Cooking with corn: 3 recipes to try on and off the cob
Hot, tender, steaming ears dripping with butter are a beloved summertime staple, making appearances at festivals, fairs, cookouts and backyard BBQ’s. But that’s not all corn can do. Once it’s trimmed off the cob, this versatile starch adds a welcome dose of unexpected color, texture and flavor to all sorts of salads. Corn also works well in your favorite taco recipes, soups and chowders or simply creamed with butter for a decadent side dish.
Make the most of summer produce by serving corn along with seasonal counterparts like tomatoes, zucchini and basil, perhaps in a stir-fry or tossed with pasta. While you’re at it, now’s the time to stock up on fresh corn at farmers’ markets while you can, then blanch and freeze it to have on hand all year long.
Brooklyn-born and Charleston, South Carolina-inspired chef, Lisa Shaw, draws from an intriguing multicultural blend of traditions in her cooking as founder of Chicago-based Lisa’s Boutique Catering and the Coffey Girls Coffee Cakes.
“I love traveling internationally to different places and learning about different cultures and the foods they eat,” she adds.
After earning a degree with honors in culinary arts and restaurant management from the Art Institutes in New York City while also becoming a wife and mother, Shaw gained experience cooking her way through a variety of positions in the restaurant industry, eventually becoming a senior front-of-the-house operations manager for one of the largest corporate food service companies in the world. Because she still considers herself a relatively recent Midwest transplant, Shaw is busy making connections and building relationships with regional food producers.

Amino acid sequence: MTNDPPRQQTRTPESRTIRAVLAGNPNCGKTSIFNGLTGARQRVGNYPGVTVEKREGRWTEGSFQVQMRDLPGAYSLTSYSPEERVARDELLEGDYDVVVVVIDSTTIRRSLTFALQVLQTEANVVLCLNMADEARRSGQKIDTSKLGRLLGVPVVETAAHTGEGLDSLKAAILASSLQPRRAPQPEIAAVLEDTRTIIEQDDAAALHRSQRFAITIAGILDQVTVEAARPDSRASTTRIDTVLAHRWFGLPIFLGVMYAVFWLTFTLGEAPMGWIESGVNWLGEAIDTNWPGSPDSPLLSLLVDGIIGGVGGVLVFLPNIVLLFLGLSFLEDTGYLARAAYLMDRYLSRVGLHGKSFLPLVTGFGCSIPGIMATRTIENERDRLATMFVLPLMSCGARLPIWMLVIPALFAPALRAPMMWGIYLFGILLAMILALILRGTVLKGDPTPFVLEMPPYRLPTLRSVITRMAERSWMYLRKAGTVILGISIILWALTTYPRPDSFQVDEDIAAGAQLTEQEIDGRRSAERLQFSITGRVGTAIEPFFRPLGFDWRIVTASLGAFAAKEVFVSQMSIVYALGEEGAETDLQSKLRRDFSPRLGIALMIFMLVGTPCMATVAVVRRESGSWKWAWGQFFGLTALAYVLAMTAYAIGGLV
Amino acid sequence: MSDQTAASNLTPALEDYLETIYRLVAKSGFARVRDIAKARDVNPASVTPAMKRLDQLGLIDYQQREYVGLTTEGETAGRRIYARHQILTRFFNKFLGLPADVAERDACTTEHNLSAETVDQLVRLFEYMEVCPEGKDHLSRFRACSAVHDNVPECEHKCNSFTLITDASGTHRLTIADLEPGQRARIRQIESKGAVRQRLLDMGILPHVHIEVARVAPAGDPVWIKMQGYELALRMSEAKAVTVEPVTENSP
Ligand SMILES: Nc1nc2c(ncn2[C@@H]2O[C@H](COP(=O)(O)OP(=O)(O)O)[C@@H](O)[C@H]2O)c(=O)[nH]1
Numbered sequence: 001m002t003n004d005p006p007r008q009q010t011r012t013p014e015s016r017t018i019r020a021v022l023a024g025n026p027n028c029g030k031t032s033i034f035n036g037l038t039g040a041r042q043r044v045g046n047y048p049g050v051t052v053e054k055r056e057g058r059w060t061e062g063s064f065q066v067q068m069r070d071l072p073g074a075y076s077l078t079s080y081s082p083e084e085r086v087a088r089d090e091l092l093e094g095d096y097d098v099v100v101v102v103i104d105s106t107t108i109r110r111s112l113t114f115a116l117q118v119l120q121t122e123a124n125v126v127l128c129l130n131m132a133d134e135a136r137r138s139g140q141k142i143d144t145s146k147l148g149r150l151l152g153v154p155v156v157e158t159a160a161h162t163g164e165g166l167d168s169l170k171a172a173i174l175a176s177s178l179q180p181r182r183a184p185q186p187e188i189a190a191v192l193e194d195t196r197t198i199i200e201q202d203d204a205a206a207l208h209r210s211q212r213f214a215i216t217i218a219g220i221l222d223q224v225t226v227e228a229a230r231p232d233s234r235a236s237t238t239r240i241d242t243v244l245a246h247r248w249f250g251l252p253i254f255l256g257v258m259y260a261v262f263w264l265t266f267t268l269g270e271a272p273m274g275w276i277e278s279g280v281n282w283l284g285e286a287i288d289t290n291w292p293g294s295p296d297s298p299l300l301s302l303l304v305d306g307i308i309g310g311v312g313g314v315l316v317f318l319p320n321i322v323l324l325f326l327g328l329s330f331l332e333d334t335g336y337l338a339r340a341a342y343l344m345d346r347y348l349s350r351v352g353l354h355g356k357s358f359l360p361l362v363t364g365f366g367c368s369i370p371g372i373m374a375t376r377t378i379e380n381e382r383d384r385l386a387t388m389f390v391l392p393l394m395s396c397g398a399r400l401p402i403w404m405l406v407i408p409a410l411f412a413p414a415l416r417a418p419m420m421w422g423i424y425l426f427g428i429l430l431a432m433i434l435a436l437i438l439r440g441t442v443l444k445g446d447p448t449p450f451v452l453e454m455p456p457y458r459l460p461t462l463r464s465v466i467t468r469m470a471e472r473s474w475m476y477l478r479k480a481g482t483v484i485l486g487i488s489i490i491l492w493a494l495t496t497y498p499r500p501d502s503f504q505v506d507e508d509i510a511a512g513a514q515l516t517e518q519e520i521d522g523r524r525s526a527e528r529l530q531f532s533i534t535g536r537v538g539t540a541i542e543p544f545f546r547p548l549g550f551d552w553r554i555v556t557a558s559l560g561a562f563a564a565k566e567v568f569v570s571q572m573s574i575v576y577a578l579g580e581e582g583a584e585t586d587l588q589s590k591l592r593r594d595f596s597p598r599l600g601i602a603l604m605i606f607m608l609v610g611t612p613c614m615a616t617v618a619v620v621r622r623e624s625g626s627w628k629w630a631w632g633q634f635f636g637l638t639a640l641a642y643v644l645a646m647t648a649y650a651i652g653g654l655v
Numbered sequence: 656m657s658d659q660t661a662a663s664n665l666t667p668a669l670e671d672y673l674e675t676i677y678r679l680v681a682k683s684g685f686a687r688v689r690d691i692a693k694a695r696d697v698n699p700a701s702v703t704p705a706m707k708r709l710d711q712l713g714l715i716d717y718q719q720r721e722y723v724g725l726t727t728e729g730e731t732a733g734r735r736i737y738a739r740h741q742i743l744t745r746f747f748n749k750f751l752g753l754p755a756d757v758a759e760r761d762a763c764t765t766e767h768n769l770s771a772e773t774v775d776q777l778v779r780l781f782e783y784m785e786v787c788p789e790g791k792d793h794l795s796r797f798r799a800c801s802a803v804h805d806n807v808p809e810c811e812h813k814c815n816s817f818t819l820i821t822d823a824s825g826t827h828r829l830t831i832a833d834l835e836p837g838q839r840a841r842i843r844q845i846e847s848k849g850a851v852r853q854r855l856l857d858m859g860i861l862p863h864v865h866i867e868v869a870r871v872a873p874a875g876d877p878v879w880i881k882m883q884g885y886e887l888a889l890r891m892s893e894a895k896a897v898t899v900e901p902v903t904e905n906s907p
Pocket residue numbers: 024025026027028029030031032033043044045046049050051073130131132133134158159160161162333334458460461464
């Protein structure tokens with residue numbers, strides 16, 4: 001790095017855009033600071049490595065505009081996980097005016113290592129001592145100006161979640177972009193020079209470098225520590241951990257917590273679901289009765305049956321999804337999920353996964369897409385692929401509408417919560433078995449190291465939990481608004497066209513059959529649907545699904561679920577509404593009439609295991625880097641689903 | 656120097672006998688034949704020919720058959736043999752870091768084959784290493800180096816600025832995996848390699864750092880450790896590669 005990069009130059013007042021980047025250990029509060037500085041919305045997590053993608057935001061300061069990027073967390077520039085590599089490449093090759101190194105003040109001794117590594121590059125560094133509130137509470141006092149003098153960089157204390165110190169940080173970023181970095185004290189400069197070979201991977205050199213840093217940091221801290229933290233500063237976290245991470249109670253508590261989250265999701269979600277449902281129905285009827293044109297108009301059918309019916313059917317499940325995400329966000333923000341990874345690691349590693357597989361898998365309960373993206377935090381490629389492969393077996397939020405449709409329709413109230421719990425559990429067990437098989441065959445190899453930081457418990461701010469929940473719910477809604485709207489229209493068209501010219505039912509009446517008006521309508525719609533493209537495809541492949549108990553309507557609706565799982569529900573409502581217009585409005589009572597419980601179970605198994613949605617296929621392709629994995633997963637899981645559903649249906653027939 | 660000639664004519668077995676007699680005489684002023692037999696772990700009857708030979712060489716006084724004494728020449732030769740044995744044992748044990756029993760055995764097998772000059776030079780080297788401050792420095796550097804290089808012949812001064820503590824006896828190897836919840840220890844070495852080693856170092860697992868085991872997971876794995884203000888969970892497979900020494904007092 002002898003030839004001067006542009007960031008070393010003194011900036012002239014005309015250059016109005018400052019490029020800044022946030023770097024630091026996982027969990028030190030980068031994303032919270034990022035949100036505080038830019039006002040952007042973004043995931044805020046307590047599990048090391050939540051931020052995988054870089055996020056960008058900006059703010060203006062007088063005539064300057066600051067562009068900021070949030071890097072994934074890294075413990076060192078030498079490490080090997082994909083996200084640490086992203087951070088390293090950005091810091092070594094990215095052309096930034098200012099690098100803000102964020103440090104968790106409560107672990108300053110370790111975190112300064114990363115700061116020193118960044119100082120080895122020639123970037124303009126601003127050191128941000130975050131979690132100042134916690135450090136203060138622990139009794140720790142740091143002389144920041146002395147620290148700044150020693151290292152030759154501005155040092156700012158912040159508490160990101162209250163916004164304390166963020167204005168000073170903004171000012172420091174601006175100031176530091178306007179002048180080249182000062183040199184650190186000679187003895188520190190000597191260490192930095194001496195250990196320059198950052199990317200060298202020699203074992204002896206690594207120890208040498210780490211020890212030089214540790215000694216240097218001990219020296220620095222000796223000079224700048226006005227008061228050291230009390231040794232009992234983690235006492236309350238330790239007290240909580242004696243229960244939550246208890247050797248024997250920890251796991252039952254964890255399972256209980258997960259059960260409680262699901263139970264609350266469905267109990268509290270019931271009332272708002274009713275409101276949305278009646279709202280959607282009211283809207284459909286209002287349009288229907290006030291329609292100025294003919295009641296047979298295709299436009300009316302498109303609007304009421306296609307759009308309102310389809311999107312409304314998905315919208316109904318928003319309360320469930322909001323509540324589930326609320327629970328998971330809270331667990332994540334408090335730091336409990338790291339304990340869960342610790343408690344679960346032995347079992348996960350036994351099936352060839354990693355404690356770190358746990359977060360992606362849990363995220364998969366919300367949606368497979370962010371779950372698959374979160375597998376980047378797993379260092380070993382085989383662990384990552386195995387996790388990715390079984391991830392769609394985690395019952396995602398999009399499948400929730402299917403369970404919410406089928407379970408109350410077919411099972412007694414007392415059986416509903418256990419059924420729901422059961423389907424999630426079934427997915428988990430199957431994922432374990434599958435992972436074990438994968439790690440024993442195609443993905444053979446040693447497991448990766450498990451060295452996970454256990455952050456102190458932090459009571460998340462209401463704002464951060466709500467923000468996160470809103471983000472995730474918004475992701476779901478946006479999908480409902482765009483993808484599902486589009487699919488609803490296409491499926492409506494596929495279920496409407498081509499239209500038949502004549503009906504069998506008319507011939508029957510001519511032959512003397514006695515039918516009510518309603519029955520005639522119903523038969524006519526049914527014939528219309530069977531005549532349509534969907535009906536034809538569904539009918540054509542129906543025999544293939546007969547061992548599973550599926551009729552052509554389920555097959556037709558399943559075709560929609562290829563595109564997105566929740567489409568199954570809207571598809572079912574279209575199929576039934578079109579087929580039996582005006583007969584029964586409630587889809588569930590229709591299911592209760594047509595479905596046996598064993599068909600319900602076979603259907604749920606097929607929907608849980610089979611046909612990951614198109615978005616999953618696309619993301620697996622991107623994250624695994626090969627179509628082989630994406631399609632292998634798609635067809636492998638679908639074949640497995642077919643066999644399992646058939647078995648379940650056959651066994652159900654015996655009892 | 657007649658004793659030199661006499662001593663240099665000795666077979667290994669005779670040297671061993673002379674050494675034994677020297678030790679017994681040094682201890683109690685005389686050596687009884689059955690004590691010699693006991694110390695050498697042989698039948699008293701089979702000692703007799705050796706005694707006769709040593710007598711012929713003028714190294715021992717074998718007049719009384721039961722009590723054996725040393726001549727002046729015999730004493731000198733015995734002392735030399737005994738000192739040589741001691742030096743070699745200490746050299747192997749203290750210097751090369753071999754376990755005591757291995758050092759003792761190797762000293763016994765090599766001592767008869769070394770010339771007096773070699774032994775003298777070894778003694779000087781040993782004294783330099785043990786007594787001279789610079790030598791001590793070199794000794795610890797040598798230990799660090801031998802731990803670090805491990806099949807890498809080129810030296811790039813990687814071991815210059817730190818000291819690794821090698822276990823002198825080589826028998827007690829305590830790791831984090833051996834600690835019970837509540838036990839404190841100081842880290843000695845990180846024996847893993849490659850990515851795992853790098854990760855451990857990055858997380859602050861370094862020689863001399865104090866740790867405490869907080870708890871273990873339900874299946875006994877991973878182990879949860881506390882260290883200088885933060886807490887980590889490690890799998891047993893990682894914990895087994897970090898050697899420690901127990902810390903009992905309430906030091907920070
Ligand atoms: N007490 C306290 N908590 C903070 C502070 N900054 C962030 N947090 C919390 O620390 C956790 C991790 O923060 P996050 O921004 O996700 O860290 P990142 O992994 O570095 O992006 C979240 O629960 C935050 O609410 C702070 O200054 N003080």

“I use a food vendor called Local Foods; they connect us to a lot of local farmers in their network,” she notes. “And I love supporting local farmers like Sistas in the Village, who run an urban farm here in Chicago. When you’re buying locally, you never know what amazing products you will find.”
Although it’s definitely at its peak of flavor during the summer months, Shaw finds corn versatile enough to use in her recipes all year long.
“Corn is at its best when consumed in-season — take full advantage of it,” she advises. “I use it mostly in salads and on the grill with different types of flavorful compound butters. Also, don’t be afraid to experiment with corn in other dishes. You’ll be surprised at how the sweetness from the corn complements or enhances ingredients. Next time you stuff a chicken breast, try adding some corn to that sautéed spinach or kale!”
Shaw dishes up three corncentric side dishes that pair well with any protein and lighten up any meal or summertime buffet.